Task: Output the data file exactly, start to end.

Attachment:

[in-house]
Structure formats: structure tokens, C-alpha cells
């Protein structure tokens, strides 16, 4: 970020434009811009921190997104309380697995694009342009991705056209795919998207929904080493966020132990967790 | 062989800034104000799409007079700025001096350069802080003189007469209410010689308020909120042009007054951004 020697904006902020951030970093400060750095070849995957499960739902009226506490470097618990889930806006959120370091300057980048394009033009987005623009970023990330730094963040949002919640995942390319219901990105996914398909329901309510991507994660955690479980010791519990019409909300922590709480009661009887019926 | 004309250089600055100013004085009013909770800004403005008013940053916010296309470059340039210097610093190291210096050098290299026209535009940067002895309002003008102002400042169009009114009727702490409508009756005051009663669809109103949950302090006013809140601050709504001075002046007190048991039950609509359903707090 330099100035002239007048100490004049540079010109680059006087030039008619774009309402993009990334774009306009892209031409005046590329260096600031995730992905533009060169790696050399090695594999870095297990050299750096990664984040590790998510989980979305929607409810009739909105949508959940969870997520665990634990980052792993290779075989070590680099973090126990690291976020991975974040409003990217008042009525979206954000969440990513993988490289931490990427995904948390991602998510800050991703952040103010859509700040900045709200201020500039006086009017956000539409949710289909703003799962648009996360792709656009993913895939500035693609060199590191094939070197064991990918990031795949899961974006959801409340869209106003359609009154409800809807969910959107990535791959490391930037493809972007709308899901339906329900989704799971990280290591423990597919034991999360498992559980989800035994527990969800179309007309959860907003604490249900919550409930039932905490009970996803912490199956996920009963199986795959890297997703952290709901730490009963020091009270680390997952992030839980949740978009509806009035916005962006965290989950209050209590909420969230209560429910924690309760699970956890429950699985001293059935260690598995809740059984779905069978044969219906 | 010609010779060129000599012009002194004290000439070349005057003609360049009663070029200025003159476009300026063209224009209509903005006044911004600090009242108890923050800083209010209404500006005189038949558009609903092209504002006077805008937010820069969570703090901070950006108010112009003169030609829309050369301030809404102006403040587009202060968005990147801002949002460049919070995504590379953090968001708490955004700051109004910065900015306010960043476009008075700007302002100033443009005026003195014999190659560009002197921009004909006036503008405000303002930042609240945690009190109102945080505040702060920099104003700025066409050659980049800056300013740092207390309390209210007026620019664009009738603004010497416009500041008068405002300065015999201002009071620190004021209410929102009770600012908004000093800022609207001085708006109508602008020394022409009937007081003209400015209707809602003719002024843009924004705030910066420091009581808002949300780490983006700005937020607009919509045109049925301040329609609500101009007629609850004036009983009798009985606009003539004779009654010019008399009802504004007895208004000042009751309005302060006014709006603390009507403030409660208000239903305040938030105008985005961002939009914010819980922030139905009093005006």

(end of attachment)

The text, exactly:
[in-house]
Structure formats: structure tokens, C-alpha cells
């Protein structure tokens, strides 16, 4: 970020434009811009921190997104309380697995694009342009991705056209795919998207929904080493966020132990967790 | 062989800034104000799409007079700025001096350069802080003189007469209410010689308020909120042009007054951004 020697904006902020951030970093400060750095070849995957499960739902009226506490470097618990889930806006959120370091300057980048394009033009987005623009970023990330730094963040949002919640995942390319219901990105996914398909329901309510991507994660955690479980010791519990019409909300922590709480009661009887019926 | 004309250089600055100013004085009013909770800004403005008013940053916010296309470059340039210097610093190291210096050098290299026209535009940067002895309002003008102002400042169009009114009727702490409508009756005051009663669809109103949950302090006013809140601050709504001075002046007190048991039950609509359903707090 330099100035002239007048100490004049540079010109680059006087030039008619774009309402993009990334774009306009892209031409005046590329260096600031995730992905533009060169790696050399090695594999870095297990050299750096990664984040590790998510989980979305929607409810009739909105949508959940969870997520665990634990980052792993290779075989070590680099973090126990690291976020991975974040409003990217008042009525979206954000969440990513993988490289931490990427995904948390991602998510800050991703952040103010859509700040900045709200201020500039006086009017956000539409949710289909703003799962648009996360792709656009993913895939500035693609060199590191094939070197064991990918990031795949899961974006959801409340869209106003359609009154409800809807969910959107990535791959490391930037493809972007709308899901339906329900989704799971990280290591423990597919034991999360498992559980989800035994527990969800179309007309959860907003604490249900919550409930039932905490009970996803912490199956996920009963199986795959890297997703952290709901730490009963020091009270680390997952992030839980949740978009509806009035916005962006965290989950209050209590909420969230209560429910924690309760699970956890429950699985001293059935260690598995809740059984779905069978044969219906 | 010609010779060129000599012009002194004290000439070349005057003609360049009663070029200025003159476009300026063209224009209509903005006044911004600090009242108890923050800083209010209404500006005189038949558009609903092209504002006077805008937010820069969570703090901070950006108010112009003169030609829309050369301030809404102006403040587009202060968005990147801002949002460049919070995504590379953090968001708490955004700051109004910065900015306010960043476009008075700007302002100033443009005026003195014999190659560009002197921009004909006036503008405000303002930042609240945690009190109102945080505040702060920099104003700025066409050659980049800056300013740092207390309390209210007026620019664009009738603004010497416009500041008068405002300065015999201002009071620190004021209410929102009770600012908004000093800022609207001085708006109508602008020394022409009937007081003209400015209707809602003719002024843009924004705030910066420091009581808002949300780490983006700005937020607009919509045109049925301040329609609500101009007629609850004036009983009798009985606009003539004779009654010019008399009802504004007895208004000042009751309005302060006014709006603390009507403030409660208000239903305040938030105008985005961002939009914010819980922030139905009093005006």